dog wound treatment

What to Expect When Your Pet Has a Wound

There are many reasons why a cat or dog could have a wound. Perhaps, your dog cut herself while playing or when going out for a walk - perhaps she stepped on a piece of glass. Maybe your cat was involved in a fight with another animal, or you simply woke up one day and saw that they were injured. Whatever the cause, the most important thing is that the wound heals quickly without any complications. Keep reading to learn more about wound healing and treatment for dogs and cats.

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What should I do if my pet has a wound?

If the wound is not severe, you may be able to treat it at home. Not every scrape or injury requires emergency vet care, which is why it’s advisable to have a first aid kit at home.

If you don’t have one, purchase one or make your own. Some of the supplies you’ll need for treating wounds are:

  • Sterile bandages
  • Cleansing solution suitable for pets
  • Scissors
  • Elastic wrapping
  • Tweezers
  • Spray bottle
  • Clean towels or rags

Before you begin, make sure that you have someone with you to help restrain your pet while you treat the wound. The area may be sensitive and painful to the treatment that is being applied. So, even if your pet has never shown signs of being aggressive, pain can cause them to react differently and unexpectedly.

Have a plan in mind to keep you safe from bites or scratches while you keep your pet stable and calm so you can treat the wound properly.

If the wound is bleeding, you need to stop the bleeding first by applying a clean towel or cloth over the area applying light pressure. If the bleeding is profuse, you need to take your pet to the veterinary emergency hospital.

Next, clean the wound. Puncture wounds, such as bite wounds, can appear minor, but they are not. They contain bacteria that can cause an infection or abscess. These areas should be thoroughly cleaned with antibacterial soap and warm water. Antiseptic rinses such as betadine or chlorhexidine are also suitable. Do not use rubbing alcohol or hydrogen peroxide. These products can damage the tissue and delay healing.

Remove foreign objects with tweezers and use a magnifying glass to check the area.

Be sure to check with your vet before applying any topical medications or bandages. Sometimes these materials can cause more harm than good to your pet.

Consider using an E-collar so your pet doesn’t bite or lick at the wound.

Don’t forget to give your pet a treat for being a brave boy or girl!

How do wounds heal?

When your dog or cat is injured, the different layers of the skin can be cut, punctured, scraped, ulcerated, or burned. These layers are the epidermis on the outside, the dermis right below, the subcutis, and the fat and muscle below it.

However, the healing process of any wound starts as soon as the wound is inflicted, and there are four stages involved: inflammation, debridement, repair, and maturation.

1. Inflammation Stage

This phase starts immediately, as soon as the wound has occurred. Blood clots form and blood vessels constrict to limit blood loss in the area of the wound. Also, the immune system begins to address the contaminating bacteria and dead tissue.

2. Debridement Stage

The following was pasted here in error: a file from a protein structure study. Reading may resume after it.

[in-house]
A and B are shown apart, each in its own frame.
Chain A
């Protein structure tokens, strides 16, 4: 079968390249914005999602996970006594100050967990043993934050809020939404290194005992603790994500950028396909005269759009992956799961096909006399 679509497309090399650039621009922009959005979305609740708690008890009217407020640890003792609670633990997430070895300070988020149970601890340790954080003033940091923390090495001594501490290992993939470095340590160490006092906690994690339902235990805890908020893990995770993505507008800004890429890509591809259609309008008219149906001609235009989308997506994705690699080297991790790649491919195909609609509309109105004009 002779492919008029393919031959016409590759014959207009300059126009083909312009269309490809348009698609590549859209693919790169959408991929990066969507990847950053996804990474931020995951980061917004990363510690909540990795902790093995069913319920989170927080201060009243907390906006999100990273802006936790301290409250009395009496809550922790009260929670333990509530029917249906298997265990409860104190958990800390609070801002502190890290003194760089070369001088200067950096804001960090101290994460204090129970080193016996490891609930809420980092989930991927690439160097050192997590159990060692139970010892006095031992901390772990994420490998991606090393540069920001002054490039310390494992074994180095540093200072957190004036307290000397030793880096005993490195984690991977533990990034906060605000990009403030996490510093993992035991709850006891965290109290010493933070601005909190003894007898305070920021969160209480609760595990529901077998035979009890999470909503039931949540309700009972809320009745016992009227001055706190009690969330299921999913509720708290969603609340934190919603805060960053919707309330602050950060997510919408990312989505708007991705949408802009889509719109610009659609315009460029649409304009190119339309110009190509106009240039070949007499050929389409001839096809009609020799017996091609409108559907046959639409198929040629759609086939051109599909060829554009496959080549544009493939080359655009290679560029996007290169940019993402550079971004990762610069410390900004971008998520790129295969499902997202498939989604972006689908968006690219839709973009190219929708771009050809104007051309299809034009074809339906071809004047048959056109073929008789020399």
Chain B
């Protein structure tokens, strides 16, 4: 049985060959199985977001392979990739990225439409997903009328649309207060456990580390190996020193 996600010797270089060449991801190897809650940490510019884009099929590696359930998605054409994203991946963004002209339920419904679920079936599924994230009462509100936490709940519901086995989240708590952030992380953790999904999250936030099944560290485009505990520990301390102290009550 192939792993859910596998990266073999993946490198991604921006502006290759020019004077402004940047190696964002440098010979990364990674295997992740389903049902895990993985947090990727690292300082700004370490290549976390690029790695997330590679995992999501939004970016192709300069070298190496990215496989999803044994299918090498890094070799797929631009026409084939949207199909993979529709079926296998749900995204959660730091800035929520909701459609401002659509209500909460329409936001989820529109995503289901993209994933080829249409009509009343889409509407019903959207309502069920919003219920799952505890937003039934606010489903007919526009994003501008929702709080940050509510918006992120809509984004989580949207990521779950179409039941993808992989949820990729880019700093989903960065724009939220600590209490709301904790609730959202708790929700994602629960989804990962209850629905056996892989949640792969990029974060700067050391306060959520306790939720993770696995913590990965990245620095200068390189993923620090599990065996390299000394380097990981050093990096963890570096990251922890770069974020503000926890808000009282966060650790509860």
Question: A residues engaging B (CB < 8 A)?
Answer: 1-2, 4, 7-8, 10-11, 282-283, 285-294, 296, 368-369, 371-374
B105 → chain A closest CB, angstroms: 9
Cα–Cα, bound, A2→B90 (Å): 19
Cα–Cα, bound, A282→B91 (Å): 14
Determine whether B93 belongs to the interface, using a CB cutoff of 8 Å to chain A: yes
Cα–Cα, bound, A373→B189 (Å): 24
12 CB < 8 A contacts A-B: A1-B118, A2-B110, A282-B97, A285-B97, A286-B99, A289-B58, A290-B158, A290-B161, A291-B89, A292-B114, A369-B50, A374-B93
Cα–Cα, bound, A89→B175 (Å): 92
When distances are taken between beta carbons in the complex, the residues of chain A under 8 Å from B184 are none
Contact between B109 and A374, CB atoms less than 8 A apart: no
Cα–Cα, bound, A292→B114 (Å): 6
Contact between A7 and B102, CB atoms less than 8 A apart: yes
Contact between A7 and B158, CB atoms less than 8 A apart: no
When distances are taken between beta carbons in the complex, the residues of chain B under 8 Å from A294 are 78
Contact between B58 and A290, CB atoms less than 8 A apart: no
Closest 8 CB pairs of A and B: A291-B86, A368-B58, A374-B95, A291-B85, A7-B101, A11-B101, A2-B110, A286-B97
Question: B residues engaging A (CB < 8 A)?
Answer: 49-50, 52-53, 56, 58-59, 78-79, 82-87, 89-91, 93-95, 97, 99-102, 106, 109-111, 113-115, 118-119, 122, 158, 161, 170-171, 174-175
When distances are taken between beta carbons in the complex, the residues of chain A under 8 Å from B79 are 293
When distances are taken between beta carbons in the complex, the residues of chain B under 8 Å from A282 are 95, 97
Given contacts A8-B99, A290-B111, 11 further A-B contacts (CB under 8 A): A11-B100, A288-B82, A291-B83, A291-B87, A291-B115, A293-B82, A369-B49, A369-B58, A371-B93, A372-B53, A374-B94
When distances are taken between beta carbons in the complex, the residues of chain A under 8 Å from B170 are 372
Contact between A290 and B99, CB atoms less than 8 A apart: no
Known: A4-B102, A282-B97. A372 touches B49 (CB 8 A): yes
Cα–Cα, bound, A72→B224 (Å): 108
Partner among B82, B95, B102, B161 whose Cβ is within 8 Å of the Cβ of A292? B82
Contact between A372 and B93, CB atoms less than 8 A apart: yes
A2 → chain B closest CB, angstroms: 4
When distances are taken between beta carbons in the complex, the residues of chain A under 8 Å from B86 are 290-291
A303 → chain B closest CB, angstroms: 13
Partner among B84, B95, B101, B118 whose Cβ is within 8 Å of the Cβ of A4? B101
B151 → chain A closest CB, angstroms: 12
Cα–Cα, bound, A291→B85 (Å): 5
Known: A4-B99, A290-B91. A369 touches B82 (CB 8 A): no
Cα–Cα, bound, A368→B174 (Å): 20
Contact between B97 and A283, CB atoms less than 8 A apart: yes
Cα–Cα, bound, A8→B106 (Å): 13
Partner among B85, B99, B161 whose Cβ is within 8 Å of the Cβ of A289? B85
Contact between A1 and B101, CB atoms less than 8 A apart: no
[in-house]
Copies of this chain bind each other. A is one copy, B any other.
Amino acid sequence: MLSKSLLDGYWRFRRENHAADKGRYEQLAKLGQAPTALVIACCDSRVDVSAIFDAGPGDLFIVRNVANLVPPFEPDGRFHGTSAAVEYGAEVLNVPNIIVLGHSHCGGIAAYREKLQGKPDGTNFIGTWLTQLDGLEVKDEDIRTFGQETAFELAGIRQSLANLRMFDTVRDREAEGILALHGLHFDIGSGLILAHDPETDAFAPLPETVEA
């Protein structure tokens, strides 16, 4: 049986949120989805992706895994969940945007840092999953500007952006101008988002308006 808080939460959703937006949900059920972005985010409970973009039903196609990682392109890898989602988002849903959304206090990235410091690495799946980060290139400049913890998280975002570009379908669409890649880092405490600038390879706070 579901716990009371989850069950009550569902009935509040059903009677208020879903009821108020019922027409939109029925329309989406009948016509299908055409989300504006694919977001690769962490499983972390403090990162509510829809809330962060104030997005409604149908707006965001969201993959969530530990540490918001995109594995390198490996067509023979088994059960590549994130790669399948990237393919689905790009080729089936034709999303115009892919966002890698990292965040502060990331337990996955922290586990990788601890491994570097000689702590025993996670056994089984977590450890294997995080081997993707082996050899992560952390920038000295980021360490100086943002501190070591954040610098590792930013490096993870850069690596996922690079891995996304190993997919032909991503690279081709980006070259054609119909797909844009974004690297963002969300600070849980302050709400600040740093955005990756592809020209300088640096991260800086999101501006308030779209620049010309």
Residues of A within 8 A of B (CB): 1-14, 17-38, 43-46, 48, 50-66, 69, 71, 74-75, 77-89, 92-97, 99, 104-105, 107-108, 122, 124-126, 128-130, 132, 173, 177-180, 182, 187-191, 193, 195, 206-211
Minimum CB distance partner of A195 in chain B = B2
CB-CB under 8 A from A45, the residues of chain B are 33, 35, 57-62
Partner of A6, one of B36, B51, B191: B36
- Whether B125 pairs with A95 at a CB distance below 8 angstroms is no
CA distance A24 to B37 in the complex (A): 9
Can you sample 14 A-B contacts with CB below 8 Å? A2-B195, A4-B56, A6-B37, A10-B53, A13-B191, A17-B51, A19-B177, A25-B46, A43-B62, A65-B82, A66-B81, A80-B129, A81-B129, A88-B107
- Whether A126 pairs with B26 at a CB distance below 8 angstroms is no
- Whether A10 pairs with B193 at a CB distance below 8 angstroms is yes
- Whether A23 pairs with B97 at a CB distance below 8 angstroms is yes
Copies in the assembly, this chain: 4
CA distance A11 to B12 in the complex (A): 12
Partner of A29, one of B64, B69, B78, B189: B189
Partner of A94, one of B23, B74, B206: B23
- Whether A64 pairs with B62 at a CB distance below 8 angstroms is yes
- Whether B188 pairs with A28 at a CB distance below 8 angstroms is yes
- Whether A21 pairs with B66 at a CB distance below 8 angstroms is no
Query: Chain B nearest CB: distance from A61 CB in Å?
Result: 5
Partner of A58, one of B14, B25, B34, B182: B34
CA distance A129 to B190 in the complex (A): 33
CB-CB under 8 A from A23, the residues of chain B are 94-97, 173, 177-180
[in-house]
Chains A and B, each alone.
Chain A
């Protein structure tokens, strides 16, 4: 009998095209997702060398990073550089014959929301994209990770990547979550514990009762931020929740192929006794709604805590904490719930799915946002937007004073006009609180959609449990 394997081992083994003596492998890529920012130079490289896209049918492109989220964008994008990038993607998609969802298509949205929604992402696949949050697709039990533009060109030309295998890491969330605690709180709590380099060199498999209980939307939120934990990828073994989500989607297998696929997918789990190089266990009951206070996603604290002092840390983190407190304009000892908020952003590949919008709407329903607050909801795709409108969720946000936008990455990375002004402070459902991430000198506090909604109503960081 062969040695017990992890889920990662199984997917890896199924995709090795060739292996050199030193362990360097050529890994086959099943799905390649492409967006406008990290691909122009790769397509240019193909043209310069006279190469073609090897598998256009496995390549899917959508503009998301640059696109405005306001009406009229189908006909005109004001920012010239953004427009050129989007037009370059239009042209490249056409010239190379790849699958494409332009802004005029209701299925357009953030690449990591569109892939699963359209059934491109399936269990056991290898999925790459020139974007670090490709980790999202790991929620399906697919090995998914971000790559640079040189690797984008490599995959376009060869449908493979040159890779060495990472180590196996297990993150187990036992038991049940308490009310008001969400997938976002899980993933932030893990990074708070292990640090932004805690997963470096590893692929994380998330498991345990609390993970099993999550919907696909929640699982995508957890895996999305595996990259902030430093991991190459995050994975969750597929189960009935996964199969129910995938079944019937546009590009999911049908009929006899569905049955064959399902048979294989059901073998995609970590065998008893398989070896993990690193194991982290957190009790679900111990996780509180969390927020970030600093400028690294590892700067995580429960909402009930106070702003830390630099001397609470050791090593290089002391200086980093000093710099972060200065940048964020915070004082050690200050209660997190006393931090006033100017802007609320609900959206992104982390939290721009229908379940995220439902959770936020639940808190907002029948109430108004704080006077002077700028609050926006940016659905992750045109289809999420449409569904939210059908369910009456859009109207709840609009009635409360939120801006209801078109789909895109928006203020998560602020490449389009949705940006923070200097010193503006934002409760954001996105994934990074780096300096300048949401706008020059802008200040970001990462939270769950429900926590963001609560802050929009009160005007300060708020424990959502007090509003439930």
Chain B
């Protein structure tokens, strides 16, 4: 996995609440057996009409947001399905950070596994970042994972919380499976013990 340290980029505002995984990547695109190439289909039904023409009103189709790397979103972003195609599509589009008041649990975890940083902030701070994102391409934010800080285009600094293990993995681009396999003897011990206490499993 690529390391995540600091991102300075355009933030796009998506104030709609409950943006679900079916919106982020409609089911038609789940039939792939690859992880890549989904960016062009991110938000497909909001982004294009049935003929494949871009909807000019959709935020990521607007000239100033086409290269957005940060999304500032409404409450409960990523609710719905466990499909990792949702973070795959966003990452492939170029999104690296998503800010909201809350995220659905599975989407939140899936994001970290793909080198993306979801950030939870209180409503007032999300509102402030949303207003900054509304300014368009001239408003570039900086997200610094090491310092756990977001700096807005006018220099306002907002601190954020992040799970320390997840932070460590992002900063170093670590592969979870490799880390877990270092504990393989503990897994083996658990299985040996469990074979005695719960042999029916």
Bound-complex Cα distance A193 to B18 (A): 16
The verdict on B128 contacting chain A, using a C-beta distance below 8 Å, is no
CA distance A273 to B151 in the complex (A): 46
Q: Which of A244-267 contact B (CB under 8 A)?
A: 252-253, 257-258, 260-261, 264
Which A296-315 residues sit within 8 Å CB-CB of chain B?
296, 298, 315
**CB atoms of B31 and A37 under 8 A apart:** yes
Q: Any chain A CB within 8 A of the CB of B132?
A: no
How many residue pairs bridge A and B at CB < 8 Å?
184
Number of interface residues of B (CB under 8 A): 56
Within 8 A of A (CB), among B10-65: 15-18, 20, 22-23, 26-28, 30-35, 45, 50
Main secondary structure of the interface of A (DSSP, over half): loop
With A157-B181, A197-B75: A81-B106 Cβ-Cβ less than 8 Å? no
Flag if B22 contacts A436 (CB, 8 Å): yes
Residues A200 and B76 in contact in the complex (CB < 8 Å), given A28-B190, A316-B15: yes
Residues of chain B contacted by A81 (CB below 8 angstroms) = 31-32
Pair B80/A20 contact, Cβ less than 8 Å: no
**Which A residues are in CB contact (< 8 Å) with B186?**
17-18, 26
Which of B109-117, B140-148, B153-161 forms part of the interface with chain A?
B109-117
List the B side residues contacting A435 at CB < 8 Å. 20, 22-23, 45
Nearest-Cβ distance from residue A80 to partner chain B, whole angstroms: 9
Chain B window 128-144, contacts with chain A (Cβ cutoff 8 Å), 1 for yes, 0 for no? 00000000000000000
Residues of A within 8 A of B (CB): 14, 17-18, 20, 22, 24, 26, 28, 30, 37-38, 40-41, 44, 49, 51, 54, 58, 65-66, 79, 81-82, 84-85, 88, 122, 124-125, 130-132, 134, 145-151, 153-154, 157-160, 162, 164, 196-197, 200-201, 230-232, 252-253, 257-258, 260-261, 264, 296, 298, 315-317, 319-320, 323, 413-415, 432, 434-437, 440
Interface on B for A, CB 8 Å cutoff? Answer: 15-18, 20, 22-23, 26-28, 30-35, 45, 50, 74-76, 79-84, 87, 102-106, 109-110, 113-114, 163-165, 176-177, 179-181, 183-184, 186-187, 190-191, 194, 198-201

Secondly, the debridement phase, which starts a few hours after the inflammation stage, consists of wound fluid being produced, dead tissue, and immunologic cells forming pus. This is designed to flow like a liquid from the wound and carries debris with it.

Also, the cells are actively working on consuming dead tissue and cleansing the area as part of the healing process.

3. Repair Stage

The third stage is when collagen begins to fill in the wound to bind the torn tissues, and it takes several weeks to complete. Also, new blood vessels start to grow in the area from the uninjured blood vessels nearby.

The edge of the wound will begin to produce granulation tissue, which is a moist pink tissue that will fill in the wound. The affected area will also shrink as part of a process called “wound contraction” so that new skin can form and cover it.

4. Maturation Stage

This is the final stage when scarring occurs. Once plenty of collagen has been deposited after two or three weeks (however, it can take up to months or years, depending on the wound), the scar begins to form and become stronger over time. As new blood vessels and nerves grow, the tissue reorganizes itself.

Of course, the final result is not as strong as the original tissue, but it can achieve up to 80% of the original strength.

My pet had surgery. Will the wound heal quickly?

Surgical incisions with sutures in place do not have an area of the body to fill with granulation tissue. Because the wound margins are already held together, new skin begins to form across the incision within two days.

The four stages of wound healing described above occur much faster because there is no gap in the tissue.

Take into consideration that when you see granulation tissue, it should be moist to allow better blood flow and a proper debridement phase; it may bleed easily. This is a sign of healthy healing.

If you have any questions about a wound your pet has suffered, don’t hesitate and contact your vet. In the case of a more severe injury or if you detect a foul odor or the wound does not stop bleeding, you should go to the vet’s office as soon as possible - there may be more to the situation than what can be seen on the skin’s surface.

Read more:

Bandage and Splint Care for Your Pet

First Aid Kit Checklist for the Dog Owner

Pet First Aid: How to Treat Minor Wounds

Need to speak with a veterinarian regarding your pet’s wound or another condition?

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